This morning when I woke up, the first thing I did was to look outside to see if the blizzard that the weather forcasters had been warning us about all day Friday had materialized. It had, and I was thrilled. I love snow and had been hoping, (not so secretly, much to the annoyance of my family and friends) that we’d get a “ten-incher” while I’m in Minnesota this winter.
The second thing I did was to call a couple of friends I was planning to meet for breakfast to discuss whether or not to really go through with it. It will always remain a mystery as to why, but we decided that yes, meeting for breakfast at MacDonalds (!!) in the middle of a blizzard seemed like a perfectly reasonable thing to do.
It reminded me of the first blizzard my family experienced when we moved here in 1973. We were definitely NOT natives, having recently transplanted ourselves from Karachi, Pakistan, where the temps dipped to 75 on a cold winter day. Learning how to handle snow was a big dealbut a blizzard was a downright adventure. My main memory of that blizzard, in January 1974, was that for some reason, my dad, sister, and I decided we needed to walk two blocks to the Burger King for a burger and fries. My mother of course thought that we were certifiably insane, a judgement from which she has never wavered.
Unfortunately, she was once again proven correct today.
Having decided that our breakfast was on, I bundled up and set out. Upon opening the garage door and staring out at a white ocean of snow, a sane person would have lowered the garage door and gone back inside. I didn’t do that.
I backed out into the unplowed street and headed down the small hill that is my mom’s street. When I saw two cars spinning away at the intersection with the road at the bottom of the hill, I was jolted back to my senses and realized that I shouldn’t be going anywhere. I stopped, somehow got turned around, and tried to drive back up the hill to my mom’s place. That was a silly thought. The snow was just too deep for me to get anywhere, so I backed down a bit and off to the side in order to get out of the middle of the road. I trudged back up the hill to my mom’s place, and called my friends to tell them that I was stuck and needed them to come and help rescue my mom’s car.
In the meantime, a neighbor who was coming home after working the night shift made it up the hill and almost to her driveway, but almost wasn’t good enough, so I joined her son in helping dig her car out and push it up the hill to her garage. While I was doing that, a police truck came up the hill, around the circle in the cul-de-sac, and sat for 5 minutes. Given that it said Roseville Police Department Community Service on the side, I was quite annoyed that he just sat there while we were shoveling and never came to offer assistance. Then he flew off in a blaze of 4WD glory down the hill.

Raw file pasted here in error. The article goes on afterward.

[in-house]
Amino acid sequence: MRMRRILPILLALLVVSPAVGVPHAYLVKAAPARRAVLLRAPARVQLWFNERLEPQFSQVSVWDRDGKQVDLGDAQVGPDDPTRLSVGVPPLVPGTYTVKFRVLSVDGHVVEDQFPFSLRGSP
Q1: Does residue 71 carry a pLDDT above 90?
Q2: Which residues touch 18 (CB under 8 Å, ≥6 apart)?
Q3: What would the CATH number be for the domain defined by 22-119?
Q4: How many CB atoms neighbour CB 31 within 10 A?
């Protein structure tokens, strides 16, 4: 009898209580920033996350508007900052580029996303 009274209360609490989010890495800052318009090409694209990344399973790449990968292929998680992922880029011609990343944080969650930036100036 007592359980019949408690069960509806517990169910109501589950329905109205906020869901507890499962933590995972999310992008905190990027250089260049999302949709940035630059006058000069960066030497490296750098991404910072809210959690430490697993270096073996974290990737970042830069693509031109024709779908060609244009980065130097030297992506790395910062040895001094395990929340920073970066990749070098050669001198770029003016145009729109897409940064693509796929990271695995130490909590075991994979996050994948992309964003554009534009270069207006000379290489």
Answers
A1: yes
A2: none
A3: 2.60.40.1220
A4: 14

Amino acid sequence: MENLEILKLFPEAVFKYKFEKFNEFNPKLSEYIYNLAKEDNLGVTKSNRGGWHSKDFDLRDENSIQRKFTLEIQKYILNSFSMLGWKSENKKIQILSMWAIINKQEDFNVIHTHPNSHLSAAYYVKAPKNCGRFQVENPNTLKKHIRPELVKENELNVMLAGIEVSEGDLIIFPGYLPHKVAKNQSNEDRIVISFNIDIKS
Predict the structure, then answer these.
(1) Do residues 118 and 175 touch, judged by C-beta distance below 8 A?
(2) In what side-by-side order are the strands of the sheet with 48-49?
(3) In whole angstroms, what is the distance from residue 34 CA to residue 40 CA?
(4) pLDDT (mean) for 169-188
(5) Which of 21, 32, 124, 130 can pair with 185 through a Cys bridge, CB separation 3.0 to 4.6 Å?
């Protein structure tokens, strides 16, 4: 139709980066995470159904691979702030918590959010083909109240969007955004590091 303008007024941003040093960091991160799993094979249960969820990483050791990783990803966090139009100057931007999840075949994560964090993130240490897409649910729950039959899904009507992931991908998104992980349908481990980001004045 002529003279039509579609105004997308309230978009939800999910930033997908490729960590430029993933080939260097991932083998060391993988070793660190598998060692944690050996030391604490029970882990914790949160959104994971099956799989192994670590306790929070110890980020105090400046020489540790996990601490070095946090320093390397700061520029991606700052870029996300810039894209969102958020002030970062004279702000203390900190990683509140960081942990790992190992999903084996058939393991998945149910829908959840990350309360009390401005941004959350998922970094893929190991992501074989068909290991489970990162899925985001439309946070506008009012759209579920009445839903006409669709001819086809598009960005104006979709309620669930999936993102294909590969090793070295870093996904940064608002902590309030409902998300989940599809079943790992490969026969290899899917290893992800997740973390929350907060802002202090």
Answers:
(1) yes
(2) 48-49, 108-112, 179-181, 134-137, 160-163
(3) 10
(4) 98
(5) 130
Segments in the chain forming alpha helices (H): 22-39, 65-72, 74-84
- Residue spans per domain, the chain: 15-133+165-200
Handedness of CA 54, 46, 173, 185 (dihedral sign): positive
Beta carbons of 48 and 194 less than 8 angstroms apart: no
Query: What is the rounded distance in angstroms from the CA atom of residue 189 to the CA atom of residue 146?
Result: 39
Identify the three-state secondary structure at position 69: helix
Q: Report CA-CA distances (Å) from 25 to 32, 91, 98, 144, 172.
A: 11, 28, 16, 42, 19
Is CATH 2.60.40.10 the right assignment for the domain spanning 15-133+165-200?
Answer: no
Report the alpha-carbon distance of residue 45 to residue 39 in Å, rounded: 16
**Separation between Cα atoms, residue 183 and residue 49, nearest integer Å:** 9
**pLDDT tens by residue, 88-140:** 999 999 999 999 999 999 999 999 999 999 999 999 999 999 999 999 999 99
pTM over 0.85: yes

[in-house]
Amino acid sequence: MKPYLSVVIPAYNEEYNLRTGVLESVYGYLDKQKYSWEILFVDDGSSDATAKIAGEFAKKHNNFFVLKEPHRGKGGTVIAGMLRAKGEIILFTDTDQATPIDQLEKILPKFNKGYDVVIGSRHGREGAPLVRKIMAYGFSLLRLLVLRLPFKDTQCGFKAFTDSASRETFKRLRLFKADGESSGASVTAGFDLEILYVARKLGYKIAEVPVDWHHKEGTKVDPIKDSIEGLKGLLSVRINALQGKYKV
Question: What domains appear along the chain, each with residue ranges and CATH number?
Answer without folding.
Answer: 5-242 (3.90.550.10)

By the time we got my neighbor’s car into her garage, my friends had showed up and were at the at the bottom of the hill surveying my mom’s car. I grabbed three shovels and the keys and headed down there to begin the excavation of the car. Unfortunately, when I got to the car and saw the bright pink POLICE TOW flyer tucked under the windshield wiper, I realized what the cop had been doing –WRITING ME A TICKET!!! I was not amused.
We got to work on the car, and after 30 minutes of shoveling and pushing and shoveling and pushing, we finally got my mom’s car safely back into her garage.
Now what? Insanity descended once again, and we decided that since we were out, and the main roads were passable, we’d press ahead towards breakfast at MacDonalds. It was quite the adventure because the wipers on my friend’s car were barely functional, so we had the windows rolled down and were all hanging our heads out like dogs just to see where we were going. This also made it easier to see all the cars in the ditch or spinning out at intersections. “Stupid people,” we muttered as the snow smacked us in the face. “What are they doing driving around in this kind of weather?’
When we got to MacDonalds and sat down with our pancakes and coffee and suasage biscuits, we just looked at each other and said “we risked life and limb for this?” Fortunately we all made it home safe and sound (well, that’s debatable).
I guess I’ve just got a thing for blizzards and breakfasts.